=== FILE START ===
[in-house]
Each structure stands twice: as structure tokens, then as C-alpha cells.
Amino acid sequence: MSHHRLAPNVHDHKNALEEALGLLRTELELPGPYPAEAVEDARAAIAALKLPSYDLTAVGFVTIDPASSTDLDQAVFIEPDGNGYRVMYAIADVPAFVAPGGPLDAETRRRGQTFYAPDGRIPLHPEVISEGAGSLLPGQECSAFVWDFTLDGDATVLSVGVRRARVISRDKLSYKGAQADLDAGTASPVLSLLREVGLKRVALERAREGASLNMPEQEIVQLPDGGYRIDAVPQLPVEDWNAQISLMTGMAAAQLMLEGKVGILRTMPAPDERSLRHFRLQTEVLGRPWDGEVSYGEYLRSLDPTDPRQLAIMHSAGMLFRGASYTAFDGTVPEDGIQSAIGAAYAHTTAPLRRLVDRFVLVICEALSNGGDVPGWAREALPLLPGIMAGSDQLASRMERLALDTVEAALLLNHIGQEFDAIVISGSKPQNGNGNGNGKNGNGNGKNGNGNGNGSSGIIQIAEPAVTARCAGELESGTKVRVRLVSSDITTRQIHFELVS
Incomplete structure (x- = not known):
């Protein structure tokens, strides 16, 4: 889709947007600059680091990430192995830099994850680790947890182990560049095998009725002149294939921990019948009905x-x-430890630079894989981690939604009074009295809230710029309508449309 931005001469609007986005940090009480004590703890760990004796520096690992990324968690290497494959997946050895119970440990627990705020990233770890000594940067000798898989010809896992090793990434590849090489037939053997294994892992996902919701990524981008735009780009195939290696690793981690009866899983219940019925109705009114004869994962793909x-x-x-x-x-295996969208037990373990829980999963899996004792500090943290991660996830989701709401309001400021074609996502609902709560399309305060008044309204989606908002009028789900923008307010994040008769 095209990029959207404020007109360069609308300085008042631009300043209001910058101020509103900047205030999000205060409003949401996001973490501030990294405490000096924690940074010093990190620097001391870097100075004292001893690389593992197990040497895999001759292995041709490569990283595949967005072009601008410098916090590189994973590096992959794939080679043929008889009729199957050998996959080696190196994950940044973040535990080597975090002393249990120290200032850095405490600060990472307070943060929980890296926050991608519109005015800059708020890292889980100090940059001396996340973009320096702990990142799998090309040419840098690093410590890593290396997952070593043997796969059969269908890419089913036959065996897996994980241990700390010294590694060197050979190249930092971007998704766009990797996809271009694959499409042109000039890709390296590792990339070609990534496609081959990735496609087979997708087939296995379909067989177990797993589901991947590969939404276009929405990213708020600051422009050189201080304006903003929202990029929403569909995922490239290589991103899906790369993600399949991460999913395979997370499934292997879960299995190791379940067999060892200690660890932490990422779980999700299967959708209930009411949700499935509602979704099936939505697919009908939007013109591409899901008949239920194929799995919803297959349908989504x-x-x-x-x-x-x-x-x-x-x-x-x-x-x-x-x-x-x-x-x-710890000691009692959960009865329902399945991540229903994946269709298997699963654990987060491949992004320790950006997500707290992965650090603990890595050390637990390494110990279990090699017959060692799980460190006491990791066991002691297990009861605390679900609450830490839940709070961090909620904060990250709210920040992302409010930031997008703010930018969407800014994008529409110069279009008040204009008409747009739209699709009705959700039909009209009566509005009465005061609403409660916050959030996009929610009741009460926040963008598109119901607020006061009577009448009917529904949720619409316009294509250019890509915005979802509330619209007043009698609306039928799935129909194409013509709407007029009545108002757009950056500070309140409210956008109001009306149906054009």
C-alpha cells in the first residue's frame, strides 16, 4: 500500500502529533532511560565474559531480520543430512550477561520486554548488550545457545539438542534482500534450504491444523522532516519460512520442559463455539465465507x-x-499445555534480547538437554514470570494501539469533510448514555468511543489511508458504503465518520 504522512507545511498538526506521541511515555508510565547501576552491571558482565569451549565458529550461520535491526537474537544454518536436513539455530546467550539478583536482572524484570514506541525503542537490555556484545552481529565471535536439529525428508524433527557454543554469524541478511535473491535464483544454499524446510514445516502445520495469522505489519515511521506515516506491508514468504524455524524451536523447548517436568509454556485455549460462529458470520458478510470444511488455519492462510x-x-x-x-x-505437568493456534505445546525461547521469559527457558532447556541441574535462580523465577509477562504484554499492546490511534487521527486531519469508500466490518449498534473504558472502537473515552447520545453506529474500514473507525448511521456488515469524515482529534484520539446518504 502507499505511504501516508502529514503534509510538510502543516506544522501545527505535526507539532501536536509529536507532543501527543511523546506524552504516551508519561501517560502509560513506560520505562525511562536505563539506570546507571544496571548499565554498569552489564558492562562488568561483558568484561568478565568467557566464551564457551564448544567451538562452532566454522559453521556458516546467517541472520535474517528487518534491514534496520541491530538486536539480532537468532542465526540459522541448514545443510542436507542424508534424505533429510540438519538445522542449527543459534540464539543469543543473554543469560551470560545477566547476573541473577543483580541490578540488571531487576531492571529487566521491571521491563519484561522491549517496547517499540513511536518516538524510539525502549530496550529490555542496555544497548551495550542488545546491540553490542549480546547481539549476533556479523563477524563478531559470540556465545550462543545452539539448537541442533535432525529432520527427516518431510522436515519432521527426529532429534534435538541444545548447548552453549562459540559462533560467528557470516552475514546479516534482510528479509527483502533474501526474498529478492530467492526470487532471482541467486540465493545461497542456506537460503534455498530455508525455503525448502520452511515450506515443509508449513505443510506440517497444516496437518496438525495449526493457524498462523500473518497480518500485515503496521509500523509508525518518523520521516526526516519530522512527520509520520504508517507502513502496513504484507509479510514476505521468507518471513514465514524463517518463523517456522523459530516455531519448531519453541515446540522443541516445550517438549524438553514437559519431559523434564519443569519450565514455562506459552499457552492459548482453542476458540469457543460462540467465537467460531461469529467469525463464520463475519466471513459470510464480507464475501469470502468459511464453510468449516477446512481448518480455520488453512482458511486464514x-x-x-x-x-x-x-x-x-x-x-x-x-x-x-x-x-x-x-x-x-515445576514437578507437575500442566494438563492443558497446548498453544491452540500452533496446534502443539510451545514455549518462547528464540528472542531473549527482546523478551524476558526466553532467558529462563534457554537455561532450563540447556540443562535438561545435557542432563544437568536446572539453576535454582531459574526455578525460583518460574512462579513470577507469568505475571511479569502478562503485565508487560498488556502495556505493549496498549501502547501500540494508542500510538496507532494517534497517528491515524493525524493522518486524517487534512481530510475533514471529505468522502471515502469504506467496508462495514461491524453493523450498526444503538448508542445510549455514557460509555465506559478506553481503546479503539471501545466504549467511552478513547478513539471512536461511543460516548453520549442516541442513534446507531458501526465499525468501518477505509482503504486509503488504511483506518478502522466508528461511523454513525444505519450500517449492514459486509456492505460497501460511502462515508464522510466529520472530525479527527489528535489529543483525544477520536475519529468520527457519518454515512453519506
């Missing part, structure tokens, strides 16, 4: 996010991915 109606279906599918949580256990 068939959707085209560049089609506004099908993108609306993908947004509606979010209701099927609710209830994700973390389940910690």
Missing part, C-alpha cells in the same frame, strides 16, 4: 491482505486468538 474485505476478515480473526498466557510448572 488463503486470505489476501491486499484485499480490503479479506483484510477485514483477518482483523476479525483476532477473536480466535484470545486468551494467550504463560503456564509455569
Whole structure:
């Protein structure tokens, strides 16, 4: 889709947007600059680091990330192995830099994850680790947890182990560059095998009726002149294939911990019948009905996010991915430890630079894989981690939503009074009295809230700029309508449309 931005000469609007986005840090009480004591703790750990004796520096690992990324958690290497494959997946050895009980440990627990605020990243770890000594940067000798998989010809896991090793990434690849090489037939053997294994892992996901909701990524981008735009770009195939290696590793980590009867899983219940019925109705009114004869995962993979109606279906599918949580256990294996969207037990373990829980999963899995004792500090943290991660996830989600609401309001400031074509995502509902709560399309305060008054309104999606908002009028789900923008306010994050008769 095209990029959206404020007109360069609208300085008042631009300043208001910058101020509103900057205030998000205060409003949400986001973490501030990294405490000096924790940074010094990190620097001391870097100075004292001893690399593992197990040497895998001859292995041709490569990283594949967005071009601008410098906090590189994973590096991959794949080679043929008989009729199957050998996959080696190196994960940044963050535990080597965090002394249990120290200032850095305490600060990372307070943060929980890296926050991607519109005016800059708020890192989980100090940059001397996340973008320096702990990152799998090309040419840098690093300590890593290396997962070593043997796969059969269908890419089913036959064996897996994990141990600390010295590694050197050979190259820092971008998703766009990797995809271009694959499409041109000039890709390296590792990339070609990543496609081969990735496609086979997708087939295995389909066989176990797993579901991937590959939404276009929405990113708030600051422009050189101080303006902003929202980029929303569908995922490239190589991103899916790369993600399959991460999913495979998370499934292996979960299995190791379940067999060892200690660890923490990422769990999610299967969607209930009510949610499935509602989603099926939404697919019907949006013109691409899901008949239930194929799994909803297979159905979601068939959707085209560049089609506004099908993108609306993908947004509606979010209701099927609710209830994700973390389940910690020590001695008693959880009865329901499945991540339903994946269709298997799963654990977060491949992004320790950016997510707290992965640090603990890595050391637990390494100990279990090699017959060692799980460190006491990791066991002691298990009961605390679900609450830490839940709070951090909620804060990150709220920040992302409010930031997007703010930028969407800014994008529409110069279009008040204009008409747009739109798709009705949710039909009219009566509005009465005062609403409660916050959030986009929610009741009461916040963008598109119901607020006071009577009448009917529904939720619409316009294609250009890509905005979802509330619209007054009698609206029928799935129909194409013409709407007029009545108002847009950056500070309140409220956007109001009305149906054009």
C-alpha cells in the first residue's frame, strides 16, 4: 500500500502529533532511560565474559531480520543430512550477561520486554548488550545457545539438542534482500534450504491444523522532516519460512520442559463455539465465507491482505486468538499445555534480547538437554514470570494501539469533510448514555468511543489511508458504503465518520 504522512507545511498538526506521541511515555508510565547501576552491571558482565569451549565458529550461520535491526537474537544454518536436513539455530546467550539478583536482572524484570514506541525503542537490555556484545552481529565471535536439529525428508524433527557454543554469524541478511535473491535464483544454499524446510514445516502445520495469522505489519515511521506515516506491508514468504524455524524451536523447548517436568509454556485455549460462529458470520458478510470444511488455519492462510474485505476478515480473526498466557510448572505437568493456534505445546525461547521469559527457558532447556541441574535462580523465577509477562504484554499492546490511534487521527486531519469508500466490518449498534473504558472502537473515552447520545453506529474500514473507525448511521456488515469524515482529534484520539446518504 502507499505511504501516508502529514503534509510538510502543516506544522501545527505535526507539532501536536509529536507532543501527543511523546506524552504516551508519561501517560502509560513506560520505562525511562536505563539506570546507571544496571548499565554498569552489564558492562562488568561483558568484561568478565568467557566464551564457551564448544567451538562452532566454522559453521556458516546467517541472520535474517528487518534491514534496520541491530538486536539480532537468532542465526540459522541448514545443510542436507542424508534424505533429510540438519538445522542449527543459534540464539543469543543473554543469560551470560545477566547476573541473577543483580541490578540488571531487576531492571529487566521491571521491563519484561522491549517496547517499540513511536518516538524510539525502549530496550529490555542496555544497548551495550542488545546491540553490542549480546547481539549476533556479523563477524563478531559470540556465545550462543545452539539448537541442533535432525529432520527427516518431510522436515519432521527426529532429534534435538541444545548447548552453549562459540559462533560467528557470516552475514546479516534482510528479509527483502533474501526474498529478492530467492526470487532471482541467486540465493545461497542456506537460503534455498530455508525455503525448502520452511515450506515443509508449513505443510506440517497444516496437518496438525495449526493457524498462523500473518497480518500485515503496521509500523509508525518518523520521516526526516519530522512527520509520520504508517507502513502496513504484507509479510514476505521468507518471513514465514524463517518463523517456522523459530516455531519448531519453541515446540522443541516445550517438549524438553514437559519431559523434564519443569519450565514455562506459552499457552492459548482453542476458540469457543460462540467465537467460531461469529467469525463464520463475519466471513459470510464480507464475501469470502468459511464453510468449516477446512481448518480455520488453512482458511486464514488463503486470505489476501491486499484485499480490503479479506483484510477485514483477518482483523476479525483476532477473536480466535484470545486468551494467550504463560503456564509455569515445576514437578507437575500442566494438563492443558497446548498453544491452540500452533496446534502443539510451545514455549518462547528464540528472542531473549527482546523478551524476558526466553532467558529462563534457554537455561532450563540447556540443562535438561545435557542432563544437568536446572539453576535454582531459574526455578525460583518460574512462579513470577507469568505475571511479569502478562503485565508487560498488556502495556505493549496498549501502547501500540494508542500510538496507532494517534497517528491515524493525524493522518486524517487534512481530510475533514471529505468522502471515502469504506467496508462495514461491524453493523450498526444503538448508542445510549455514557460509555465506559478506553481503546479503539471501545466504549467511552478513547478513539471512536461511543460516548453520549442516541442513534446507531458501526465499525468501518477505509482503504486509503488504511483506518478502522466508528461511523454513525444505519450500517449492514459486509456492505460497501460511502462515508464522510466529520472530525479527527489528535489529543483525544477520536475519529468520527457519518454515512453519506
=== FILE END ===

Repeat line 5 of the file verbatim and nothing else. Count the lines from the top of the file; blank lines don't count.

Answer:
């Protein structure tokens, strides 16, 4: 889709947007600059680091990430192995830099994850680790947890182990560049095998009725002149294939921990019948009905x-x-430890630079894989981690939604009074009295809230710029309508449309 931005001469609007986005940090009480004590703890760990004796520096690992990324968690290497494959997946050895119970440990627990705020990233770890000594940067000798898989010809896992090793990434590849090489037939053997294994892992996902919701990524981008735009780009195939290696690793981690009866899983219940019925109705009114004869994962793909x-x-x-x-x-295996969208037990373990829980999963899996004792500090943290991660996830989701709401309001400021074609996502609902709560399309305060008044309204989606908002009028789900923008307010994040008769 095209990029959207404020007109360069609308300085008042631009300043209001910058101020509103900047205030999000205060409003949401996001973490501030990294405490000096924690940074010093990190620097001391870097100075004292001893690389593992197990040497895999001759292995041709490569990283595949967005072009601008410098916090590189994973590096992959794939080679043929008889009729199957050998996959080696190196994950940044973040535990080597975090002393249990120290200032850095405490600060990472307070943060929980890296926050991608519109005015800059708020890292889980100090940059001396996340973009320096702990990142799998090309040419840098690093410590890593290396997952070593043997796969059969269908890419089913036959065996897996994980241990700390010294590694060197050979190249930092971007998704766009990797996809271009694959499409042109000039890709390296590792990339070609990534496609081959990735496609087979997708087939296995379909067989177990797993589901991947590969939404276009929405990213708020600051422009050189201080304006903003929202990029929403569909995922490239290589991103899906790369993600399949991460999913395979997370499934292997879960299995190791379940067999060892200690660890932490990422779980999700299967959708209930009411949700499935509602979704099936939505697919009908939007013109591409899901008949239920194929799995919803297959349908989504x-x-x-x-x-x-x-x-x-x-x-x-x-x-x-x-x-x-x-x-x-710890000691009692959960009865329902399945991540229903994946269709298997699963654990987060491949992004320790950006997500707290992965650090603990890595050390637990390494110990279990090699017959060692799980460190006491990791066991002691297990009861605390679900609450830490839940709070961090909620904060990250709210920040992302409010930031997008703010930018969407800014994008529409110069279009008040204009008409747009739209699709009705959700039909009209009566509005009465005061609403409660916050959030996009929610009741009460926040963008598109119901607020006061009577009448009917529904949720619409316009294509250019890509915005979802509330619209007043009698609306039928799935129909194409013509709407007029009545108002757009950056500070309140409210956008109001009306149906054009």